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State of the Union video tweeted by Trump is 'removed' after copyright complaint from R.E.M. publisher

Key Points
  • The publisher of rock band R.E.M.'s music asked Twitter to remove a satirical video clip containing one of the band's songs that President Donald Trump's account tweeted Friday, CNBC has learned.
  • The clip, which was first posted by another Twitter user and runs more than two minutes in length, plays audio from R.E.M.'s early-'90s hit single "Everybody Hurts" over excerpts from Trump's Feb. 5 State of the Union address.
  • R.E.M. bassist Mike Mills took notice, saying that the president had retweeted the video from Twitter account CarpeDonktum, who Mills says created it. "Measures have been taken to stop it," Mills said.
Michael Stipe and Mike Mills attend the 25th anniversary of REM's album 'Out Of Time' album at Borderline on November 18, 2016 in London, England.
Dave J Hogan | Getty Images

A satirical video using music from rock band R.E.M., which was shared by the Twitter account of President Donald Trump, has been removed from the social media site after a complaint by the publisher of the band's songs.

A lawyer for Universal Music Publishing Group had reached out to Twitter on Friday asking that the video -- which was first posted by another user -- be taken down from the platform, a source familiar with the situation told CNBC.

The clip, which runs more than two minutes in length, plays audio from R.E.M.'s early-'90s hit single "Everybody Hurts" over excerpts from Trump's Feb. 5 State of the Union address.

But, as of the early hours Saturday ET, Twitter users could not play the video posted by Trump, and many saw a message that read, "This video has been removed in response to a report from the copyright holder."

The creator of the video that the president tweeted Friday, self-proclaimed Trump supporter @CarpeDonktum, accused Twitter of censorship after the clip became unplayable on the platform.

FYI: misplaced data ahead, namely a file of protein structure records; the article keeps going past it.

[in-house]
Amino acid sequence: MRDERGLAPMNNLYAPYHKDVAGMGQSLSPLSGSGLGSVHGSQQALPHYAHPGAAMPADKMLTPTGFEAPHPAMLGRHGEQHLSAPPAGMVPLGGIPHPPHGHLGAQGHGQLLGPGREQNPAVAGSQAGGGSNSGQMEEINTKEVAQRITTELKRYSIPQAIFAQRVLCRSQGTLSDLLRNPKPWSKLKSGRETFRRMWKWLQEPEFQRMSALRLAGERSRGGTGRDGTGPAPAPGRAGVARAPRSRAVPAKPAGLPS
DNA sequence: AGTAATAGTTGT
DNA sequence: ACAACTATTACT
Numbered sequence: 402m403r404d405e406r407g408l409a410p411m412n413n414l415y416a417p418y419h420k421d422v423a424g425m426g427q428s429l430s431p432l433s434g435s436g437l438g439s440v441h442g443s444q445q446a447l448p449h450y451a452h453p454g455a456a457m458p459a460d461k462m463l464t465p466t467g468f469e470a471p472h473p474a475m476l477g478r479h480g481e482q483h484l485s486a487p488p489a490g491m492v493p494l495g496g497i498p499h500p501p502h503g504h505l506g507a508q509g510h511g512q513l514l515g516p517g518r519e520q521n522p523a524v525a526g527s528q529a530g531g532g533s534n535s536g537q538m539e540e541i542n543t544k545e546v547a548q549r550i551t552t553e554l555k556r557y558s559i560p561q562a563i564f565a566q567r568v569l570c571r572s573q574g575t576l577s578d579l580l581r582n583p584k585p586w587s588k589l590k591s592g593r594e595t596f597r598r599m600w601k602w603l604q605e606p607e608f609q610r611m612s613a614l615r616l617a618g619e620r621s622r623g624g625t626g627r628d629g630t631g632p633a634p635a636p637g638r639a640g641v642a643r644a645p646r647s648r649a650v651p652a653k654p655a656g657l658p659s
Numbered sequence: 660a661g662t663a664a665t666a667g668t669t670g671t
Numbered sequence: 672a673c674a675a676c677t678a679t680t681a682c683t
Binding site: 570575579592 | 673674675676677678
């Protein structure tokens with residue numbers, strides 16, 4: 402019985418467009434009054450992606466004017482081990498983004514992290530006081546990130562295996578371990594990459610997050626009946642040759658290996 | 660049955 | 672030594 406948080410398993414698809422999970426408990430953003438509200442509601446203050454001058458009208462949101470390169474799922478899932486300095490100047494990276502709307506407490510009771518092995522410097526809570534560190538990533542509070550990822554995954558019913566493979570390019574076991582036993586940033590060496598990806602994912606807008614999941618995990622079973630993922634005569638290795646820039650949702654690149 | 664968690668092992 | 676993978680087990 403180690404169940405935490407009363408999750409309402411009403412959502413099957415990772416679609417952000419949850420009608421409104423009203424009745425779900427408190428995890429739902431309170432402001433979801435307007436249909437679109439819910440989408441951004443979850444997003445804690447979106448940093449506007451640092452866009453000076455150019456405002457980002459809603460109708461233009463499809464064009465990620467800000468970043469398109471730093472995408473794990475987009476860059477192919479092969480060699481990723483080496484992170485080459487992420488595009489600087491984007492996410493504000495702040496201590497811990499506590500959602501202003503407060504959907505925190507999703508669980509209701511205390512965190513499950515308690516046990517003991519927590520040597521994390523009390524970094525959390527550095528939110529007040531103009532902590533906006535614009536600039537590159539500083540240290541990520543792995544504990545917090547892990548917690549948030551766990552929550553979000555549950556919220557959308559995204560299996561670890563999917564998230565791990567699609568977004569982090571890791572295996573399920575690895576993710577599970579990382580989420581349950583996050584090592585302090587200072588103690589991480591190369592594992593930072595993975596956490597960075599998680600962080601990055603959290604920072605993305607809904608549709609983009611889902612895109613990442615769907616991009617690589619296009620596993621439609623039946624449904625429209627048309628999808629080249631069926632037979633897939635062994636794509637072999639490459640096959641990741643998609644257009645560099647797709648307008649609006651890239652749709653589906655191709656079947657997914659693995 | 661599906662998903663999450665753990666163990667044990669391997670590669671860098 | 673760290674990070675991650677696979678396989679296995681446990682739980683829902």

The clip, clearly meant to mock a selection of lawmakers in Congress, cuts lines from Trump's speech, together with reaction shots of stern-looking politicians whom Trump has criticized in the past. They include Sen. Bernie Sanders, I-Vt., Rep. Alexandria Ocasio-Cortez, D-N.Y., and Sen. Mitt Romney, R-Utah.

On Saturday afternoon, Trump tweeted a similar video — but this version's backing track replaced R.E.M. with Lee Greenwood's "God Bless the U.S.A."

The White House did not respond to CNBC's questions about the president's Friday tweet. A spokesman for Twitter declined to comment.

Trump has drawn criticism for using copyrighted content before: The Rolling Stones' "You Can't Always Get What You Want" was often used at the end of Trump campaign rallies, and has been used at Trump events since he became president. The band urged Trump to stop using the song, to no avail.

In November, Trump tweeted an image of himself featuring the text overlay "Sanctions are coming," which HBO took as a clear reference to its "Game of Thrones" series. HBO said at the time that they "would prefer our trademark not be misappropriated for political purposes," but the president's tweet was not taken down.

R.E.M. bassist Mike Mills took notice of the use of his band's song in the video that Trump tweeted Friday.

"Measures have been taken to stop it," Mills tweeted, adding that Twitter CEO Jack Dorsey needs "to get on this."

Mills said that the president had retweeted the video from Twitter account @CarpeDonktum, who is credited in the video. That account defended using potentially copyrighted material in its own content.

Mills, for his part, celebrated the removal of the video with a tweet calling back to a regular campaign promise from Trump.

R.E.M. reached a publishing agreement with Universal Music Publishing Group in March 2016.